Although there are a number of them, all guidelines follow a few basic principles.

* Manufacturing processes are clearly defined and controlled. All critical processes are validated to ensure consistency and compliance with specifications.
* Manufacturing processes are controlled, and any changes to the process are evaluated. Changes that have an impact on the quality of the drug are validated as necessary.
* Instructions and procedures are written in clear and unambiguous language. (Good Documentation Practices)
* Operators are trained to carry out and document procedures.
* Records are made, manually or by instruments, during manufacture that demonstrate that all the steps required by the defined procedures and instructions were in fact taken and that the quantity and quality of the drug was as expected. Deviations are investigated and documented.
* Records of manufacture (including distribution) that enable the complete history of a batch to be traced are retained in a comprehensible and accessible form.
* The distribution of the drugs minimizes any risk to their quality.
* A system is available for recalling any batch of drug from sale or supply.
* Complaints about marketed drugs are examined, the causes of quality defects are investigated, and appropriate measures are taken with respect to the defective drugs and to prevent recurrence.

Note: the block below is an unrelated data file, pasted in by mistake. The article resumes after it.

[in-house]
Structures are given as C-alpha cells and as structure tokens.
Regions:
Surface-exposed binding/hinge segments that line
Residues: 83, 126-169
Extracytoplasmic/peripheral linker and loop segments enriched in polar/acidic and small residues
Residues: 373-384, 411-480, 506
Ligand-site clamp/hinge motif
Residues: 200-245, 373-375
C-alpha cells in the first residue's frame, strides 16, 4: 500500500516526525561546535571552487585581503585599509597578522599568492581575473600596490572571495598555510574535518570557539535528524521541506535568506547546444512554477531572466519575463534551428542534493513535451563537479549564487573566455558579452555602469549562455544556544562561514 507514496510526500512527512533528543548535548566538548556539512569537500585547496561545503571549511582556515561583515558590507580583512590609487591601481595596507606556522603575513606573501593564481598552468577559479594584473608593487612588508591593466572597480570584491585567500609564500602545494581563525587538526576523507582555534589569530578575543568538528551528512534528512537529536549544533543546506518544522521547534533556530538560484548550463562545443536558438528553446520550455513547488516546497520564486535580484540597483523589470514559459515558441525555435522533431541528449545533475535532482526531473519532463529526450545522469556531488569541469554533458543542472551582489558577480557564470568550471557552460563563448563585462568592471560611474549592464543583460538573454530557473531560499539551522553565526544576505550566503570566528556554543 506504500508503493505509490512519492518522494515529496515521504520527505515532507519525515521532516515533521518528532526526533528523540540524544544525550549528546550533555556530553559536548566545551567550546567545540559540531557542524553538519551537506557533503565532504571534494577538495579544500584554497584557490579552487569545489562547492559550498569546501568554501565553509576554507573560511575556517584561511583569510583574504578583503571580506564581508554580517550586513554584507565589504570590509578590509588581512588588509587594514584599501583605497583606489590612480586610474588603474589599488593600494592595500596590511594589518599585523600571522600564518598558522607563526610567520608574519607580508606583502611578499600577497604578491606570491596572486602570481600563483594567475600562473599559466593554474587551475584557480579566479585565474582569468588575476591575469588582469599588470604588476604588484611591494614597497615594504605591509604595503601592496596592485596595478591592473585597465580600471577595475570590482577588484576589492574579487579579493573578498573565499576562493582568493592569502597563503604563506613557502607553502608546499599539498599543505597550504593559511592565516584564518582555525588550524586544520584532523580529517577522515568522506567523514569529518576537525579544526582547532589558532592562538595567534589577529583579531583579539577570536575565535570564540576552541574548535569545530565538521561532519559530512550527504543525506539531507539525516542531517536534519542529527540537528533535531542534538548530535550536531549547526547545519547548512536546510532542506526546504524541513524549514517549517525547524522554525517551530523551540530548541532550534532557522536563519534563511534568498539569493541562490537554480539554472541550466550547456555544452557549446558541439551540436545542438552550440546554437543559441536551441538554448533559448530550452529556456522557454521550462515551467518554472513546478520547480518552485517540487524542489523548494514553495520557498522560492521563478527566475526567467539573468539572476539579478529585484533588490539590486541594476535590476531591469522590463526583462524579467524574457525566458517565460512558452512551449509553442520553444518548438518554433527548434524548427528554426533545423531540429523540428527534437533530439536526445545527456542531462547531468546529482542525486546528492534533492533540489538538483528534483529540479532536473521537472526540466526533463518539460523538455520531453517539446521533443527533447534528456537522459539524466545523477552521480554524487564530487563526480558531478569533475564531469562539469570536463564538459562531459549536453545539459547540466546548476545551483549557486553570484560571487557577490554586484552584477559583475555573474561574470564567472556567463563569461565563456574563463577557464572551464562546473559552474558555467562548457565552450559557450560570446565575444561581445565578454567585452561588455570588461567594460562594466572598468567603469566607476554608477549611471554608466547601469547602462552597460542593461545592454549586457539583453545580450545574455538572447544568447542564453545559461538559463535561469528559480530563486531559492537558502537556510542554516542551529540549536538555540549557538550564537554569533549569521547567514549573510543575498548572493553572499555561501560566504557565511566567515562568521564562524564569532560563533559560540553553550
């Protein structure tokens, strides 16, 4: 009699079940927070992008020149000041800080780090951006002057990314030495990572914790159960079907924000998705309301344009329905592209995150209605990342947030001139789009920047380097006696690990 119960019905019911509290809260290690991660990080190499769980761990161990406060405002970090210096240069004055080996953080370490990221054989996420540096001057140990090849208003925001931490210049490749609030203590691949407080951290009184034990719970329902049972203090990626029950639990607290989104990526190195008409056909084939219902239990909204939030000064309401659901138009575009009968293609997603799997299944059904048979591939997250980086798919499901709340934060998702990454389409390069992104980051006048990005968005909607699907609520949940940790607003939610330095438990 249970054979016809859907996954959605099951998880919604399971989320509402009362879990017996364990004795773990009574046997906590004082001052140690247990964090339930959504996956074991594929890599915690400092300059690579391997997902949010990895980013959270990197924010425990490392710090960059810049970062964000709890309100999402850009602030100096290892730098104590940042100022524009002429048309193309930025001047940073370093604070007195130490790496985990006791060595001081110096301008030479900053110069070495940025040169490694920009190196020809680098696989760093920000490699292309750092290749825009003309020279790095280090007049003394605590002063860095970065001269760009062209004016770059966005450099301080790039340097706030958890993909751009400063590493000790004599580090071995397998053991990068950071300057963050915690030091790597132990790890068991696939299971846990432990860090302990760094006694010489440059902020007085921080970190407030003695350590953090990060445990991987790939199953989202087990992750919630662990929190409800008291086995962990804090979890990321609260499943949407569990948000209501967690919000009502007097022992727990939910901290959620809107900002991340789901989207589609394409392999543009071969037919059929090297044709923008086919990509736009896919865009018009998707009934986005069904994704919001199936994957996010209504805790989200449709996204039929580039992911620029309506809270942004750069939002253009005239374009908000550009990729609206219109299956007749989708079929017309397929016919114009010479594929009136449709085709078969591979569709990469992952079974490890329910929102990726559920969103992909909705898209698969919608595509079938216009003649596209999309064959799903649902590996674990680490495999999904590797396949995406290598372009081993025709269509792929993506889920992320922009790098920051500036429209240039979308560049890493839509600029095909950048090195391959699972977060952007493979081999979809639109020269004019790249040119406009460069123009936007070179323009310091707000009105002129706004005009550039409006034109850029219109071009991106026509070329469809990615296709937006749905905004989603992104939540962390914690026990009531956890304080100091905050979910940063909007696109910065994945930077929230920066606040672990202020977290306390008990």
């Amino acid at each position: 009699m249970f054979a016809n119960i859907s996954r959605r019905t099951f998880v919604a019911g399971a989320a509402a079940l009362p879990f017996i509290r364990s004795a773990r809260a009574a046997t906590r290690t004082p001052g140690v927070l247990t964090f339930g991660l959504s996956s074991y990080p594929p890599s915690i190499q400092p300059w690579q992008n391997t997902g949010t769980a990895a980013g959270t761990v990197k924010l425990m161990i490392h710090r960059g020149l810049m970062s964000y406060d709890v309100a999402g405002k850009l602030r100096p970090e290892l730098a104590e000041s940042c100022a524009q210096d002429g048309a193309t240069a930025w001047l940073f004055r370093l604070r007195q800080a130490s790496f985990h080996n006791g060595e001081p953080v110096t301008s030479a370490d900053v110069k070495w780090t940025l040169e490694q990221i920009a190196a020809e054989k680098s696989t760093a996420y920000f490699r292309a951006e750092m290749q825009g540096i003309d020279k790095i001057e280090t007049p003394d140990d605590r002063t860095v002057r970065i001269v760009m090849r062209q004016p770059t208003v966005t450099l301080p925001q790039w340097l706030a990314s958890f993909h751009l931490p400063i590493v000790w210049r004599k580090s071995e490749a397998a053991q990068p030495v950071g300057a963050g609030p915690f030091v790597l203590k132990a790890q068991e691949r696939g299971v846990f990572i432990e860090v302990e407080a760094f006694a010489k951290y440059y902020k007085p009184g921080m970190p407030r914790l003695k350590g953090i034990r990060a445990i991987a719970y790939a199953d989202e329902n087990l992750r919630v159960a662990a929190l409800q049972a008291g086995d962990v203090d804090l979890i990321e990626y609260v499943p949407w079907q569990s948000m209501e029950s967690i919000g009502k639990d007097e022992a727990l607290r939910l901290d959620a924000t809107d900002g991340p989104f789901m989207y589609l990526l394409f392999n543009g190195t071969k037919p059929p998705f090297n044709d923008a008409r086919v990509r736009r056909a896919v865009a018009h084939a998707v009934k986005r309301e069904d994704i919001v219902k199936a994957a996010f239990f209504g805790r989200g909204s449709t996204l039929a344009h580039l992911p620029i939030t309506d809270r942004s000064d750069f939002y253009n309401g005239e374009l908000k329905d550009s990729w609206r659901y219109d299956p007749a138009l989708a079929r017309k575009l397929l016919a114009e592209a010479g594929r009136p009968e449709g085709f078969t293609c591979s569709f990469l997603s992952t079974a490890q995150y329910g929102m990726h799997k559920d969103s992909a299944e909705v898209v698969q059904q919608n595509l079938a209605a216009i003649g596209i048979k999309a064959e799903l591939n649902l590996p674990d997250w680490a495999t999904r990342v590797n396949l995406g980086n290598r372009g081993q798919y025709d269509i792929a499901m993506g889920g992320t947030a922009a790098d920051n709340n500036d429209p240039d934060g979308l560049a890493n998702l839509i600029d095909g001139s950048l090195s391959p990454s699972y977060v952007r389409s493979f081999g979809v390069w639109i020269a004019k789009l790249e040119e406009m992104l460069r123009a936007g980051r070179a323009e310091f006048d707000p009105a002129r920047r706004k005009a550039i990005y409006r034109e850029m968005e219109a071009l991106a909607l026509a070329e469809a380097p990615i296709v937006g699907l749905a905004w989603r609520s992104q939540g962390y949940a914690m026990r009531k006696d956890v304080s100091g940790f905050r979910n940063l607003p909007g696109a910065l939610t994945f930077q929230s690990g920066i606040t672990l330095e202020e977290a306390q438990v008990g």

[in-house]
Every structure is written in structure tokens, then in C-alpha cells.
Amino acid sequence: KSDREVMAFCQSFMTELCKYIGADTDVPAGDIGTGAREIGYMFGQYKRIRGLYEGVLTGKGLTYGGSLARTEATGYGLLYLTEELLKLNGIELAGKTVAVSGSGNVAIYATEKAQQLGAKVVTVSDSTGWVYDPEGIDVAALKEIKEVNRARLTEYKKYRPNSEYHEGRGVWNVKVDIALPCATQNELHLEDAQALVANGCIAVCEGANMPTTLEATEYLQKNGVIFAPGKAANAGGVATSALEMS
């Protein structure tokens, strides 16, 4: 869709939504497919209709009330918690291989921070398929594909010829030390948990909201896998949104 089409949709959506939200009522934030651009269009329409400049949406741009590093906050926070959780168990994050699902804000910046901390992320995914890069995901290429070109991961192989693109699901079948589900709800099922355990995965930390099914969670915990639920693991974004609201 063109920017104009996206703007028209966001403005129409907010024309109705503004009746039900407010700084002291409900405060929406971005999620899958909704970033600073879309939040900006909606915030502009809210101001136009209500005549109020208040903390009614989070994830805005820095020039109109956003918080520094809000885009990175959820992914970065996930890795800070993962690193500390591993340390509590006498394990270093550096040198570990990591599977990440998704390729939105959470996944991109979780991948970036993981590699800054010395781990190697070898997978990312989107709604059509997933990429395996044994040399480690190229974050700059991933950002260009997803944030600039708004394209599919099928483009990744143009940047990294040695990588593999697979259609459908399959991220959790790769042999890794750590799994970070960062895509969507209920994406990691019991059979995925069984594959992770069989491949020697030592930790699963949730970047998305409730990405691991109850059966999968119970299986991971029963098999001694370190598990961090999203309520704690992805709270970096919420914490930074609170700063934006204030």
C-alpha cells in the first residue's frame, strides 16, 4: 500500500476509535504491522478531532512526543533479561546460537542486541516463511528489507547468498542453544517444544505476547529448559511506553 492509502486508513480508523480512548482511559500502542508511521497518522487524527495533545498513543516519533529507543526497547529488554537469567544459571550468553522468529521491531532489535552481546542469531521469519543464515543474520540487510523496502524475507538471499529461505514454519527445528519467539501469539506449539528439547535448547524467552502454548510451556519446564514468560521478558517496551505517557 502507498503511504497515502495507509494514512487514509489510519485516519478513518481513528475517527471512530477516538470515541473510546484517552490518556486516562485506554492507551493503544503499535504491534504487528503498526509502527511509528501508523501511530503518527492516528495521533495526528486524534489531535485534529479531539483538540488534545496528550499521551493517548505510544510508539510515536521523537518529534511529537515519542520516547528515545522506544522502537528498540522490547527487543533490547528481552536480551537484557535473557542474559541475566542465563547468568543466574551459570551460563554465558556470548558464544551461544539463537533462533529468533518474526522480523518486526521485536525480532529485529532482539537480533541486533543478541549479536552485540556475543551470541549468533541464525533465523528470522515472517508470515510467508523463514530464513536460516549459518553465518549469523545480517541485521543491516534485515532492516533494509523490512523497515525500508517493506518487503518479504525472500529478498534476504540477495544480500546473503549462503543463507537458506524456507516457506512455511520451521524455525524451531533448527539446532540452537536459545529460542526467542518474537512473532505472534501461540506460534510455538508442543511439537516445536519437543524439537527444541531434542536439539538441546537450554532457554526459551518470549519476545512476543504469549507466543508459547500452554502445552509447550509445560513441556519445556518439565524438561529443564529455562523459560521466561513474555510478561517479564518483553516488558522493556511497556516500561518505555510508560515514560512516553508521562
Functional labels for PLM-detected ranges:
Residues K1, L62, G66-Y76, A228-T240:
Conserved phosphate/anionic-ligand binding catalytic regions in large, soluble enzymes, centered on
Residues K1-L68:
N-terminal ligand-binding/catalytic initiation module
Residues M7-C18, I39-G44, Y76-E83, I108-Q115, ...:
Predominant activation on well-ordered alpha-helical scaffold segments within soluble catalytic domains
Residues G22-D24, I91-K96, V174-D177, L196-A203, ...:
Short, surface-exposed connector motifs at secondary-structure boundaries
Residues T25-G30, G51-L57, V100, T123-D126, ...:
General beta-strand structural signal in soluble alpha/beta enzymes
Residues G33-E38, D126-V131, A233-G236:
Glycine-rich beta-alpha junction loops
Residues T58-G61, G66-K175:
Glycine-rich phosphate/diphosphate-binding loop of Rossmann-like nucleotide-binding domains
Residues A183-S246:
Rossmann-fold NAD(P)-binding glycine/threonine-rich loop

GMP guidelines are not prescriptive instructions on how to manufacture products. They are a series of general principles that must be observed during manufacturing. When a company is setting up its quality program and manufacturing process, there may be many ways it can fulfill GMP requirements. It is the company’s responsibility to determine the most effective and efficient quality process.
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The bottom line is we all need to look out for our own health. Injecting random products from unknown labs is dangerous and has many inherent risks. If a products price is too good to be true, pause before you buy. You usually get what you pay for. Overhead in a regulated facility costs money. Overhead in a Chinese hut with a dirt floor costs next to nothing…